- Fund trainings for at least 90 clinicians in counties impacted by Hurricane Harvey and help those organizations create long-term plans for sustained use of evidence-based therapy. The STRONG STAR team will subsequently provide expert consultation to these mental health care providers as they treat at least three veterans each (from or currently residing in the counties impacted by Hurricane Harvey) between February 2020 – November 2020. This grant will serve 270 veterans during the grant period and will also create an enduring capability to treat many more.
- Provide immediate care for up to 40 veterans in the region impacted by Hurricane Harvey who are suffering most acutely from PTSD. Some veterans in the Texas gulf coast region struggle with severe PTSD, exacerbated by the stresses of Hurricane Harvey, and cannot wait for the local mental health care capability to improve. This grant will identify up to 40 veterans in need of immediate expert clinical care and transport them to San Antonio for the best-in-class STRONG STAR 3-week program designed to address the most severely traumatized PTSD patients who have been impacted by Hurricane Harvey. Because participating in training can be cost-prohibitive for clinicians, QHF/BWF stipends will ensure that the 90 participating clinicians can afford to receive that training and that they use their expertise to treat veterans in the counties impacted by Hurricane Harvey. Stipends will support each of the 90 clinicians treating 3 veterans and will enable them to participate in the annual Combat PTSD conference in San Antonio, to supplement their training and develop a network of mental health care providers
The remaining five grants provide important supplementary capabilities and outcomes to support Harvey-impacted veterans in the Gulf Coast region:
- Easter Seals of Greater Houston, Inc. – provide mental health and financial counseling for 100 veterans or family member. Easter Seals is a national non-profit provider of services for individuals with autism, developmental disabilities, physical disabilities, other special needs, and disabled veterans. Easter Seals of Greater Houston was one of the biggest providers helping families recover from the impact and aftermath of Hurricane Harvey and has since been working to address unmet mental health and financial literacy needs in the veteran community. Easter Seals is addressing the pressing need for mental health services and financial literacy by providing individual and group mental health counseling, peer to peer support, and financial coaching. This funding will enable mental health counseling to decrease veterans’ depression and anxiety and improve participants’ quality of life. This grant will also fund financial counseling to help veterans reduce their debt, increase their assets, and create and use a household budget. Easter Seals of Greater Houston has outreach offices in four counties on the Texas Gulf Coast and will serve 100 post-9/11 families impacted by Hurricane Harvey with this grant.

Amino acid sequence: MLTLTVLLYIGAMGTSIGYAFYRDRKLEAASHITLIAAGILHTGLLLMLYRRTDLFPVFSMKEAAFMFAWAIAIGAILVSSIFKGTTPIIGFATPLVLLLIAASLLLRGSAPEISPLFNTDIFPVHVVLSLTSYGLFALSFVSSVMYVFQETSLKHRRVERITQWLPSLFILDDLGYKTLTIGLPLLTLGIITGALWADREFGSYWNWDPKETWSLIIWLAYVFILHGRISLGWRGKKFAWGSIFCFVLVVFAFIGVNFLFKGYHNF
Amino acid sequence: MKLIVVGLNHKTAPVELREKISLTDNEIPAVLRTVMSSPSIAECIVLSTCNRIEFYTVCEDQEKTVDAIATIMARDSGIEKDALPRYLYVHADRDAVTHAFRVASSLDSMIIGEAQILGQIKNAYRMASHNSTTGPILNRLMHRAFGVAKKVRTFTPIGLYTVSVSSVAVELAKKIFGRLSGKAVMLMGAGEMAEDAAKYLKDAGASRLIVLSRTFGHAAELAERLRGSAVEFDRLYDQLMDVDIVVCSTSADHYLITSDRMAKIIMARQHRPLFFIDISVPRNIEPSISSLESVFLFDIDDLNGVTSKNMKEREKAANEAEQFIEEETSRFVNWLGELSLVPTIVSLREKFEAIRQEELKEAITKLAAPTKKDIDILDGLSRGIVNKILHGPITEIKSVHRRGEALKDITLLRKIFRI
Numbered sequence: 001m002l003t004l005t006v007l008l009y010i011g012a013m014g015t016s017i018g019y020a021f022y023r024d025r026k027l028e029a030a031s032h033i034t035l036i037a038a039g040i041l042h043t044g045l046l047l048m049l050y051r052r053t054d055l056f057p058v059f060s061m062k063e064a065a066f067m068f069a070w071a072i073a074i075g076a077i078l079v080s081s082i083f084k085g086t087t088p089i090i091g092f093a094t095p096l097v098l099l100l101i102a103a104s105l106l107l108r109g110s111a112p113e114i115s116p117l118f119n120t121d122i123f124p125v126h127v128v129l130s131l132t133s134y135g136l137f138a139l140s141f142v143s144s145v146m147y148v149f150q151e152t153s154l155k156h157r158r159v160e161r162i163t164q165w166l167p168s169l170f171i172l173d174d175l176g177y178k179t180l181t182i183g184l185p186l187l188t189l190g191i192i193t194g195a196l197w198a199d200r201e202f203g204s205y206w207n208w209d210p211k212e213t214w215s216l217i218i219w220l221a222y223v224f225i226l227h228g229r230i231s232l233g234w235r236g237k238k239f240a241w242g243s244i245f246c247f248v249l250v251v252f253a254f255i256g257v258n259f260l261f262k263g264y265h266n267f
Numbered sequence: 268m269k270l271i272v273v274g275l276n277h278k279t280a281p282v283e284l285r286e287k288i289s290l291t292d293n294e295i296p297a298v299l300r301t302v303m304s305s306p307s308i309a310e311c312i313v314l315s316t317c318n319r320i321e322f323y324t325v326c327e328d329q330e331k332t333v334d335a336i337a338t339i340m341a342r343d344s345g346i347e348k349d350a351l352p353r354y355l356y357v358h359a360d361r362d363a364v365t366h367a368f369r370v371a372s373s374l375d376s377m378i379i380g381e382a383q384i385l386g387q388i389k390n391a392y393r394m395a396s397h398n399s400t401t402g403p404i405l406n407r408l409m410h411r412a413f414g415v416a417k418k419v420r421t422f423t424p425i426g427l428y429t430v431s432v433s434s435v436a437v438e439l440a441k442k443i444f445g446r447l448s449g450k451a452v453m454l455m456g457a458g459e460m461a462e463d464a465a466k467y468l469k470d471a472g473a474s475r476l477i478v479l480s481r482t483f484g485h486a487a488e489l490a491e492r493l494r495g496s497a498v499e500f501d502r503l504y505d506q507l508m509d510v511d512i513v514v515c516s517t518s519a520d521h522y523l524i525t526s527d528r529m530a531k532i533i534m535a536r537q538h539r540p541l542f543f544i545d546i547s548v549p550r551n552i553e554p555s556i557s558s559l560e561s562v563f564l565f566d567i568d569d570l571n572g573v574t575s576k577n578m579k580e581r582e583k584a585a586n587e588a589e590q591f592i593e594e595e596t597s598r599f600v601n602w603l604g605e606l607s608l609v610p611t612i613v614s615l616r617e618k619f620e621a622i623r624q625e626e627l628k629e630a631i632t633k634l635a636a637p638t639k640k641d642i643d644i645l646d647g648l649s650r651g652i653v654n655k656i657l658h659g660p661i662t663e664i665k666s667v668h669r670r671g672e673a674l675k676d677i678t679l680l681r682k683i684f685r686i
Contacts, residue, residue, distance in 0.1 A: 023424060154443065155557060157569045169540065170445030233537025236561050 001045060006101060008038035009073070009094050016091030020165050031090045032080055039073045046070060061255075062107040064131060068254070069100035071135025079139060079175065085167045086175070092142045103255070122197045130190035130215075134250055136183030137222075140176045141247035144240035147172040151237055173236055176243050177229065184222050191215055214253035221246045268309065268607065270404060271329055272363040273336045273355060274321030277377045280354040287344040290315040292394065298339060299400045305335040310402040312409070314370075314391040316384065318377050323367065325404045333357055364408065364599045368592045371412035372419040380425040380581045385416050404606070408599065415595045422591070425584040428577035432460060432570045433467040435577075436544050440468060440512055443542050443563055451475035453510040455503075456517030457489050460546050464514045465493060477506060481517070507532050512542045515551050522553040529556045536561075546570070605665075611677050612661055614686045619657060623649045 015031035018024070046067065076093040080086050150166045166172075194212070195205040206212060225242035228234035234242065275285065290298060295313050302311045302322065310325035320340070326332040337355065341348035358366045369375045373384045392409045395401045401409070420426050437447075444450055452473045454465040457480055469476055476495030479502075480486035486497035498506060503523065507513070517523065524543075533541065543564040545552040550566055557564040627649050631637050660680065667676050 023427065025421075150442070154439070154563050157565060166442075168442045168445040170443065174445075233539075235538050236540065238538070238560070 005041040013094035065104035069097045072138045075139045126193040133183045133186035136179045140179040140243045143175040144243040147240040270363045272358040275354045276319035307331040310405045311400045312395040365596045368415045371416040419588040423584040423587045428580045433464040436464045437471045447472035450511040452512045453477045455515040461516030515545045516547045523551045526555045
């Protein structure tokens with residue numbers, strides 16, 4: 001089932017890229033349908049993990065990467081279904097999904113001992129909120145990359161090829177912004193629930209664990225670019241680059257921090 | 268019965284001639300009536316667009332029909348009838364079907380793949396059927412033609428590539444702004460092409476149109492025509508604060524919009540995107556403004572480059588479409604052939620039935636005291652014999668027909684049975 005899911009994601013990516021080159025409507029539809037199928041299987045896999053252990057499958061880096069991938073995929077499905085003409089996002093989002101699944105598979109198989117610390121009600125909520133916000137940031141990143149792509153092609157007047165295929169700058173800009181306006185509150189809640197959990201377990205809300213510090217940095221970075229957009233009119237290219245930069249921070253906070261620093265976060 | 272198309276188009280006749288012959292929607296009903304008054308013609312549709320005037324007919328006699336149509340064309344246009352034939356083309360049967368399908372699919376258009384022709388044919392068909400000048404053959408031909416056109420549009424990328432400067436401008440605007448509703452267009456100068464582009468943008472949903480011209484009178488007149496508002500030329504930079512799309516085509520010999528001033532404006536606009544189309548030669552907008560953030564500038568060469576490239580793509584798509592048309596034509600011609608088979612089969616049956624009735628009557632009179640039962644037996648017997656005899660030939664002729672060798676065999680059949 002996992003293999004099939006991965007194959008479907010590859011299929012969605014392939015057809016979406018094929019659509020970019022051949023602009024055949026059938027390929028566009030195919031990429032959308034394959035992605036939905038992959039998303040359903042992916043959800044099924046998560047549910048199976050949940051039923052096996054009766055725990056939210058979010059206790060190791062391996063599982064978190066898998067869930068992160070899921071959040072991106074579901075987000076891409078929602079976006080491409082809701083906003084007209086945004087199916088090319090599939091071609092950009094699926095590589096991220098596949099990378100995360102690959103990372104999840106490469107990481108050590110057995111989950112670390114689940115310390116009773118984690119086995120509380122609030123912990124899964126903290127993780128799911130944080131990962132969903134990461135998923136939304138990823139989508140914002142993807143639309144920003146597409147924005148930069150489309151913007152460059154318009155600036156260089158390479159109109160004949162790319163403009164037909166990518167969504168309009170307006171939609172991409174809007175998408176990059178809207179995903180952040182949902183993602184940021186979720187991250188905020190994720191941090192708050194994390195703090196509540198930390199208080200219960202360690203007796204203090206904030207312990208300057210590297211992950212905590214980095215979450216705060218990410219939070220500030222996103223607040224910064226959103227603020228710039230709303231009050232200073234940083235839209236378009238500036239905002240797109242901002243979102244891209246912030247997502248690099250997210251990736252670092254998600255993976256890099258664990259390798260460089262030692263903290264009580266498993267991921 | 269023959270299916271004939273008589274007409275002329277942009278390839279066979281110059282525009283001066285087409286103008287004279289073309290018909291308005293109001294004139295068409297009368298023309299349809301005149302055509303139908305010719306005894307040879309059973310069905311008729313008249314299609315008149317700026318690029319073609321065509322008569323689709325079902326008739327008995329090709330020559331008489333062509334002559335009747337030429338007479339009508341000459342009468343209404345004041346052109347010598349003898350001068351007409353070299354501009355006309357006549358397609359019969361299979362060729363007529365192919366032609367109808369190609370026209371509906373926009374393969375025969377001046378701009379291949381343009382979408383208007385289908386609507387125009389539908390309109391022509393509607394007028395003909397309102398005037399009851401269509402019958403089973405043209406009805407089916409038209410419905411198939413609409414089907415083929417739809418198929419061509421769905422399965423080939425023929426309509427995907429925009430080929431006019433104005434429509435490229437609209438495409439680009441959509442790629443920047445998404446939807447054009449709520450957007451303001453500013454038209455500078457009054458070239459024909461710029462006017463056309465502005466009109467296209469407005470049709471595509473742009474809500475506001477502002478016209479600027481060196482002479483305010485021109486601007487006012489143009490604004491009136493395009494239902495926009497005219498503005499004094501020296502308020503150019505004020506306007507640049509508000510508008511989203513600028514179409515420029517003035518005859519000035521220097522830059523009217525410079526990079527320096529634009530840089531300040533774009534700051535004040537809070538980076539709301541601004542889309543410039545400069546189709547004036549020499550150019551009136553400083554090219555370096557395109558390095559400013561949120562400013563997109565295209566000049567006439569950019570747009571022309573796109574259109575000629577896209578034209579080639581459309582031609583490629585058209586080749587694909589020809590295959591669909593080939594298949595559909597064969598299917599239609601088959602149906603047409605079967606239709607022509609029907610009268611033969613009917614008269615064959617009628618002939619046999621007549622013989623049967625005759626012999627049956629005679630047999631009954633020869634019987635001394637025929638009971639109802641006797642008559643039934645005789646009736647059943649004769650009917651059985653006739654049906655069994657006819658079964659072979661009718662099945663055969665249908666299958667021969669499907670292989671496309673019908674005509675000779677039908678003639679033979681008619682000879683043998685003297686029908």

- Vets4Warriors – provide peer support for 250 veterans, family members, and caregivers located in the Texas Gulf Coast. Housed at the Rutgers University Behavioral Health Care National Call Center in New Jersey, Vets4Warriors is a national 24/7 peer support network that provides live one-on-one assistance to veteran and military communities. Every call, text, and email from a veteran is answered by Vets4Warriors peers who are all veterans, military family members and caregivers. With this grant, Vets4Warriors will target their outreach to the Texas Gulf Coast region to reach veterans affected by Hurricane Harvey who need upstream support and peer connection so that the challenges they are facing are mitigated before they reach the point of crisis. Vets4Warriors is especially focused on the more rural areas, where support is less available. Vets4Warriors will locate and serve 250 veterans, family members, and caregivers located in the Texas Gulf Coast during this grant period.